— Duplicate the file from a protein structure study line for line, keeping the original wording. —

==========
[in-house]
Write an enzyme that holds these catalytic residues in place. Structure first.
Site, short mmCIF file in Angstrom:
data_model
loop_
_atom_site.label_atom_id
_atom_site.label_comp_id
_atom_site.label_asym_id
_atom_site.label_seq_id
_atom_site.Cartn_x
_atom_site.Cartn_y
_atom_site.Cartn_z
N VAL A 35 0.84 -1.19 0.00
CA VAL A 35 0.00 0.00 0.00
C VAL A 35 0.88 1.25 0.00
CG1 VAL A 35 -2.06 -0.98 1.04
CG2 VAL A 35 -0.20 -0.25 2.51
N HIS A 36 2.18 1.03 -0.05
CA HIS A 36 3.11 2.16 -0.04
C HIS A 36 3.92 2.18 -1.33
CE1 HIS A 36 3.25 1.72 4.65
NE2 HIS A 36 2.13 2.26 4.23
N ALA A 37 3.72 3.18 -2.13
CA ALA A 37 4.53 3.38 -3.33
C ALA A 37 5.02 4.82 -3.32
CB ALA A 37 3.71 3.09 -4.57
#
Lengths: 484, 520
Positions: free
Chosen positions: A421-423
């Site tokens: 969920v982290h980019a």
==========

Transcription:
[in-house]
Write an enzyme that holds these catalytic residues in place. Structure first.
Site, short mmCIF file in Angstrom:
data_model
loop_
_atom_site.label_atom_id
_atom_site.label_comp_id
_atom_site.label_asym_id
_atom_site.label_seq_id
_atom_site.Cartn_x
_atom_site.Cartn_y
_atom_site.Cartn_z
N VAL A 35 0.84 -1.19 0.00
CA VAL A 35 0.00 0.00 0.00
C VAL A 35 0.88 1.25 0.00
CG1 VAL A 35 -2.06 -0.98 1.04
CG2 VAL A 35 -0.20 -0.25 2.51
N HIS A 36 2.18 1.03 -0.05
CA HIS A 36 3.11 2.16 -0.04
C HIS A 36 3.92 2.18 -1.33
CE1 HIS A 36 3.25 1.72 4.65
NE2 HIS A 36 2.13 2.26 4.23
N ALA A 37 3.72 3.18 -2.13
CA ALA A 37 4.53 3.38 -3.33
C ALA A 37 5.02 4.82 -3.32
CB ALA A 37 3.71 3.09 -4.57
#
Lengths: 484, 520
Positions: free
Chosen positions: A421-423
């Site tokens: 969920v982290h980019a």